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Opinions of Wednesday, 8 May 2013

Columnist: Adzokpe, Jonathan

Ghana’s educational system: do we really need reforms?

There have been many proponents who have argued that Ghana’s educational system needs reforms. One of recent comments was made by Dr. Ekow Spio-Garbrah, who’s now the President of the Dominion University and a one-time Minister of Education.

I believe these commentaries are all targeted at making the graduates being churned out job ready and useful. I have no doubt that these are very appropriate measures to make our educational system more effective. Most of these reforms being proposed are either about the number of years spent in school or the curriculum in use presently.

Beyond these reforms, I think there is something very basic we are all missing; and that is the amount of investment we are making in the educational sector as a country.

Now tell me, of what benefit will any of these reforms being proposed be if the right amount of investment in human resource and infrastructure is lacking? Recently, we have had a whole national debate on whether our Senior High School should be three or four years. While one party in government instituted four years, another reverses it to three. Aren’t we wasting the tax-payer’s money on all these committees that are constituted to sit and make these up and down reforms? Let’s take a brief look at some figures. According to official figures, Ghana’s public spending on education as a percentage of our Gross Domestic Product (GDP) has reduced in recent years from 5.74 per cent in 2008 to 5.5 per cent in 2010. Spending per capita per student in primary education has reduced from US$12.7 in 2008 to US$11.4 in 2010 in the primary educational sector. And the story isn’t any better for the higher levels of education.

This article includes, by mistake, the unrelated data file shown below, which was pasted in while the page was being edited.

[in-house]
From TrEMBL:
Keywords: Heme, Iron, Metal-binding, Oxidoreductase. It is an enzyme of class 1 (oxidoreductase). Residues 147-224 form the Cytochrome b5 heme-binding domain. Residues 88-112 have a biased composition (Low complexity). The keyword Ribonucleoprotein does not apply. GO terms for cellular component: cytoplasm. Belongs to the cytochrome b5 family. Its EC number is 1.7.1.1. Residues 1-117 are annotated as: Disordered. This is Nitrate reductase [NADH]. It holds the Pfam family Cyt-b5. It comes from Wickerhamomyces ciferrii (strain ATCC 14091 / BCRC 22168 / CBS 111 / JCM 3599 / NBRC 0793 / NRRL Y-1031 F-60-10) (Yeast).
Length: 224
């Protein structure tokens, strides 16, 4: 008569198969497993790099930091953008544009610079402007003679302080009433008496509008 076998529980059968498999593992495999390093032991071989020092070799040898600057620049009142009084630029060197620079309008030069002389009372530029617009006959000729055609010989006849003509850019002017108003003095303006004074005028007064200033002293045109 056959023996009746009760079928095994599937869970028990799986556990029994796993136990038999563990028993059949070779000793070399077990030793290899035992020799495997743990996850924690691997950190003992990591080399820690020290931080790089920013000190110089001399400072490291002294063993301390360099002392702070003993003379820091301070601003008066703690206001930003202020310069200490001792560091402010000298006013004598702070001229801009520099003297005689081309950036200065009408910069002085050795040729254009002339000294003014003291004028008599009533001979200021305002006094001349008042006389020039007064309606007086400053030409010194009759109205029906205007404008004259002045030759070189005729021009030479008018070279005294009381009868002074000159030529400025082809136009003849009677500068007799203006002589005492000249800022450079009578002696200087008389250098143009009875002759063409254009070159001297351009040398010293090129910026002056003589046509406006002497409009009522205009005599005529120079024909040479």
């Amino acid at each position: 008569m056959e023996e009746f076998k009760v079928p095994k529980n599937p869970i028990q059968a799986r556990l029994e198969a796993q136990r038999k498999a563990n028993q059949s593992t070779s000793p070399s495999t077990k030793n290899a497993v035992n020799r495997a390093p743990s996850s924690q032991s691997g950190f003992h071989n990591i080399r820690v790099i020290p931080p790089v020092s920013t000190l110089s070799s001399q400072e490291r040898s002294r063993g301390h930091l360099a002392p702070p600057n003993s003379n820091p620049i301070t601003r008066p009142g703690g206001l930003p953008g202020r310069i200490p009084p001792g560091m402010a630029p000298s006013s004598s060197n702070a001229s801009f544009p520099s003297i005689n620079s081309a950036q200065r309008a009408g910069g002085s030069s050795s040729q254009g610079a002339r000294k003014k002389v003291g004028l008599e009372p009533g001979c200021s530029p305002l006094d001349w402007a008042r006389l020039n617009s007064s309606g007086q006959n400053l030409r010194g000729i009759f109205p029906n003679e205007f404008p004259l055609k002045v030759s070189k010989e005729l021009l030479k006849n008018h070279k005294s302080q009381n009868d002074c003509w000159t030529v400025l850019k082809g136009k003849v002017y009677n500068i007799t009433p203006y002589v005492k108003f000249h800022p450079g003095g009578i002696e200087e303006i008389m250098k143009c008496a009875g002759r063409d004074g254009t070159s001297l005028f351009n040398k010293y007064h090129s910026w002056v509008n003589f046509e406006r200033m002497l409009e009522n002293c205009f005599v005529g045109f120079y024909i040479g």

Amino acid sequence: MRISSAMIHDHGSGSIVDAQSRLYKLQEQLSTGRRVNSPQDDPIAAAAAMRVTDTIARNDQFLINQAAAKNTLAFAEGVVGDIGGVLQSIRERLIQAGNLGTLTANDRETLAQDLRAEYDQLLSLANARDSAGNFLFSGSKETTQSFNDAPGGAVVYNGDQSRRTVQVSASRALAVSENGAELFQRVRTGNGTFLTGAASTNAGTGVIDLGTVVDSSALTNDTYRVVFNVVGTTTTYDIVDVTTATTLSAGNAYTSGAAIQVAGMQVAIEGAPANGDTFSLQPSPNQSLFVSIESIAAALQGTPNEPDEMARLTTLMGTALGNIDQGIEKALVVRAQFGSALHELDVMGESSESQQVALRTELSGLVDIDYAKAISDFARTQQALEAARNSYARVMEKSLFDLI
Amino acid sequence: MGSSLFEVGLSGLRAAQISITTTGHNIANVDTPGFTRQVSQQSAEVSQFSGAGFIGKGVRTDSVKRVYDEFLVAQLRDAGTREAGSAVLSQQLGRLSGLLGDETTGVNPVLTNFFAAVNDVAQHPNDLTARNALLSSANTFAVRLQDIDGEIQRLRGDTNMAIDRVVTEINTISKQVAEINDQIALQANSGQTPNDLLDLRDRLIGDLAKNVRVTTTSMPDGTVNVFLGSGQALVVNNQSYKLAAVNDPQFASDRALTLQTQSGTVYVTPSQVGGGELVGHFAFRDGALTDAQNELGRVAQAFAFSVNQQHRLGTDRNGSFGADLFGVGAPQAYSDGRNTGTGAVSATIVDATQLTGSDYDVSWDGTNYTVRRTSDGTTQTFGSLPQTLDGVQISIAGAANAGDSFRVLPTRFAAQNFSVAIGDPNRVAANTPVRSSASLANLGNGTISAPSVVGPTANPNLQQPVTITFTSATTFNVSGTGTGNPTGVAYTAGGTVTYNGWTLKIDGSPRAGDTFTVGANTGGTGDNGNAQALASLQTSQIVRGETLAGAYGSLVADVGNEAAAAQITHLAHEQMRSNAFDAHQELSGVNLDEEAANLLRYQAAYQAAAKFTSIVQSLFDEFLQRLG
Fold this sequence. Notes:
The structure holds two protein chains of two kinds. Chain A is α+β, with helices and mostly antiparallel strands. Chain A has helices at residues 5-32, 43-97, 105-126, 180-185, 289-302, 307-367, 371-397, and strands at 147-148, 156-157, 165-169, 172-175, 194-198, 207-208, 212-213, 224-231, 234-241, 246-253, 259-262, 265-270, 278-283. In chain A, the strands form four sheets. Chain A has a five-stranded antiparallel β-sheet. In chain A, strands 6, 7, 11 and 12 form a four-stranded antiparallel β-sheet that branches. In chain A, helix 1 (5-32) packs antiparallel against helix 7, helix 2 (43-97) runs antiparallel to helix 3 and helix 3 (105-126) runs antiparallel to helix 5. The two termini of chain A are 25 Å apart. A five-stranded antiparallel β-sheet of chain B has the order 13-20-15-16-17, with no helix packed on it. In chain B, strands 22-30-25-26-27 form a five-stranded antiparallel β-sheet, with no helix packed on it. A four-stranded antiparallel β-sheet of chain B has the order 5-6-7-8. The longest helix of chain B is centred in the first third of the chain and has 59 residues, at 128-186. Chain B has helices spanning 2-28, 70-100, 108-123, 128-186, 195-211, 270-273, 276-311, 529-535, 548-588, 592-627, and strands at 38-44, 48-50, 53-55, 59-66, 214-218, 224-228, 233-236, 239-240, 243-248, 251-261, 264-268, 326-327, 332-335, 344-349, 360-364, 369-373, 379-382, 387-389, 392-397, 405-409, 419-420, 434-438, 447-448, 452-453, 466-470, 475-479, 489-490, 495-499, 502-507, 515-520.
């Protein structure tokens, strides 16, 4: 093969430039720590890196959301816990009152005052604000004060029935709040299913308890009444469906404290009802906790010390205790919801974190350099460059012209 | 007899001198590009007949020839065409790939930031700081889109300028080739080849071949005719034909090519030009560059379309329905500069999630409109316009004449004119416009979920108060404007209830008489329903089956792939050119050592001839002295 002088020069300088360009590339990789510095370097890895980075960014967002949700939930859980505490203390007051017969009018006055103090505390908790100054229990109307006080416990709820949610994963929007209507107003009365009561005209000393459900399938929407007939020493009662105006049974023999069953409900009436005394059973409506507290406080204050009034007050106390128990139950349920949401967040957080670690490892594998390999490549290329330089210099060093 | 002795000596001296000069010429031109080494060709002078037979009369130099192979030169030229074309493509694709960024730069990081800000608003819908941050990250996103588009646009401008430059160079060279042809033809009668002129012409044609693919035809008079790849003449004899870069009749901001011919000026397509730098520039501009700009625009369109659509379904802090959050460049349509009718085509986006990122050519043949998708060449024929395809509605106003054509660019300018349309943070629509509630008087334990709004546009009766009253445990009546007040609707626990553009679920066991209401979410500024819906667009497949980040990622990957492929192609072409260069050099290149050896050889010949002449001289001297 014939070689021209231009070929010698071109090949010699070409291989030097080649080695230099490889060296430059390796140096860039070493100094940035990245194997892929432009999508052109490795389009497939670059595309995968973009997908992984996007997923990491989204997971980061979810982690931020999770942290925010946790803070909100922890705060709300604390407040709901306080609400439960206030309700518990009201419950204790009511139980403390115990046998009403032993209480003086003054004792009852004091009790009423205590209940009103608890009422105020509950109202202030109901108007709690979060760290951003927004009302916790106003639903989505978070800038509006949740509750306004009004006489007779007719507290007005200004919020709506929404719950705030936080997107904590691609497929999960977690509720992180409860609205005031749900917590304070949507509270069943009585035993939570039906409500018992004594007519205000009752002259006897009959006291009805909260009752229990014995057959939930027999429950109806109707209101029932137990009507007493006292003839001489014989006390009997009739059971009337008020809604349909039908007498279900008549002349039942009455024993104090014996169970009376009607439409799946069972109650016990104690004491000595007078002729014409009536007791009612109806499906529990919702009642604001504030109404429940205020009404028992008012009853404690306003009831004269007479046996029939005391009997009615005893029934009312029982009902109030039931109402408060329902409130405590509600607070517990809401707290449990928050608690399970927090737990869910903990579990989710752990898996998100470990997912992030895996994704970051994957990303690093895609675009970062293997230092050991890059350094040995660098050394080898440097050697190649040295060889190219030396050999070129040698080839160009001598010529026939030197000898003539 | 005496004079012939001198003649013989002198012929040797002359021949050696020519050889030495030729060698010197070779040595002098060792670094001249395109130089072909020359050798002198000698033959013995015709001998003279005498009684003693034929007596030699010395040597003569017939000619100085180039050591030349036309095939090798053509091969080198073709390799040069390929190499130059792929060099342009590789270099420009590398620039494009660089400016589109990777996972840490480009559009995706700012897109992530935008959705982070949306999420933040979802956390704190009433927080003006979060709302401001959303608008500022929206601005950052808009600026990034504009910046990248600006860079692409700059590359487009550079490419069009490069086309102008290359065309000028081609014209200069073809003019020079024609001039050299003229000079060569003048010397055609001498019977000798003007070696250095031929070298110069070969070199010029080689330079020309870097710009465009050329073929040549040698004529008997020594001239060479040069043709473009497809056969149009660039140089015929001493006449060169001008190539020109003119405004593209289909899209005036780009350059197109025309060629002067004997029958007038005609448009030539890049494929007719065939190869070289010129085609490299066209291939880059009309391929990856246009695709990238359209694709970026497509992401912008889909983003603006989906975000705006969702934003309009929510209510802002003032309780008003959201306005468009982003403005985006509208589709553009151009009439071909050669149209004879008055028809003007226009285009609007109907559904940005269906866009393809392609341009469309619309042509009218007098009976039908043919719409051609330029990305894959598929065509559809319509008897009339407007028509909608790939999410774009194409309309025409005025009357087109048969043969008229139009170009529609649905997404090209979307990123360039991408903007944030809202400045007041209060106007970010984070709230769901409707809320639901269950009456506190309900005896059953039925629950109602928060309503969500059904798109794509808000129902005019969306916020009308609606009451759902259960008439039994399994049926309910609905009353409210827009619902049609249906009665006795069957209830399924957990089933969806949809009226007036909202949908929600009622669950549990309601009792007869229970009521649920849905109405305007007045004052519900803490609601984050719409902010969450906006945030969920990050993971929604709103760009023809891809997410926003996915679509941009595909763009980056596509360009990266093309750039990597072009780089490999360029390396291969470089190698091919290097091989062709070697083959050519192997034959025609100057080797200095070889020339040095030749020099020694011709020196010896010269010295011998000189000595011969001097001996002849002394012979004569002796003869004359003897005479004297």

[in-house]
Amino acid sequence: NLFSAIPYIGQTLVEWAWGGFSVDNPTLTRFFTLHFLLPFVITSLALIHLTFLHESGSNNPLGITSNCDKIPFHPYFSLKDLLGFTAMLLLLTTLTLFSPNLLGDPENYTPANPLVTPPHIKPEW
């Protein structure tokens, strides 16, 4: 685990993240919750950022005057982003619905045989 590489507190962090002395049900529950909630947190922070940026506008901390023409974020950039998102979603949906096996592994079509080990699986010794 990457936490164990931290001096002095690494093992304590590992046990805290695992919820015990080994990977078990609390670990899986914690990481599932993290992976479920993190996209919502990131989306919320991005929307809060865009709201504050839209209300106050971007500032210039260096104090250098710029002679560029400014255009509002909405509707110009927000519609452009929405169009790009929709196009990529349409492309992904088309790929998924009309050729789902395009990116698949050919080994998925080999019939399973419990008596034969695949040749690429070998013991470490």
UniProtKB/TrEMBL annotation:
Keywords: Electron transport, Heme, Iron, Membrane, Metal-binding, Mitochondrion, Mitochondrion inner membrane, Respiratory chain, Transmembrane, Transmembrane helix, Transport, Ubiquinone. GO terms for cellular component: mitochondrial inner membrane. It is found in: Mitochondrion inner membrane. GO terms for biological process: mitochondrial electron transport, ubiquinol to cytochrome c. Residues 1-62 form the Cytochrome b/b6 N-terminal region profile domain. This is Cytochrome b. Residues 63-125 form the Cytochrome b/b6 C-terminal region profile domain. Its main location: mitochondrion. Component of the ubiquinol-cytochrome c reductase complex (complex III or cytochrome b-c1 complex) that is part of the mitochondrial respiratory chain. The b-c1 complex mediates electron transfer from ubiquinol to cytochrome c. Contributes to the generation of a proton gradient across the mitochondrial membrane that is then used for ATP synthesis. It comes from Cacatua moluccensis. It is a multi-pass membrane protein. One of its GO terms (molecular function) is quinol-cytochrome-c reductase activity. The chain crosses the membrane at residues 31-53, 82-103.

We have utterly failed in our bid to invest in our teachers to equip them with newer and relevant teaching skills to in turn equip our students with the 21st century problem-solving and analytical skills. They continue to instruct these students who are going to face 21st century problems with 16th century approaches and solutions. How do we ever expect the graduates to do any better on the job?

This is a simple case of “Garbage In, Garbage Out.” If you invest nothing in your teachers and students for that matter, expect nothing.

I believe that we can take pragmatic steps and put away all of this three or four years Senior High School drama, and invest well in our educational system. As far as we invest properly, it wouldn’t matter whether students spend two years or even just a year in school. That way, we’ll be convinced of better human resource who will best serve the nation in various facets of its developmental agenda.

What we need now might not necessarily be reforms, we need investments. Modern classroom blocks, ICT centres, continuous training and attractive remuneration for our teachers and educational workers. Let’s put these in place, and I bet our graduates will be top-notch who can compete at any level globally.

The author of this article is Jonathan Adzokpe. He’s a writer, speaker, educator, and entrepreneur. He also hosts a motivational radio talk show program dubbed “Motivational Arena” at 10:00 to 11:00 GMT every Saturday on a Russian based radio station, Nash Radio. ( You can contact him via his email on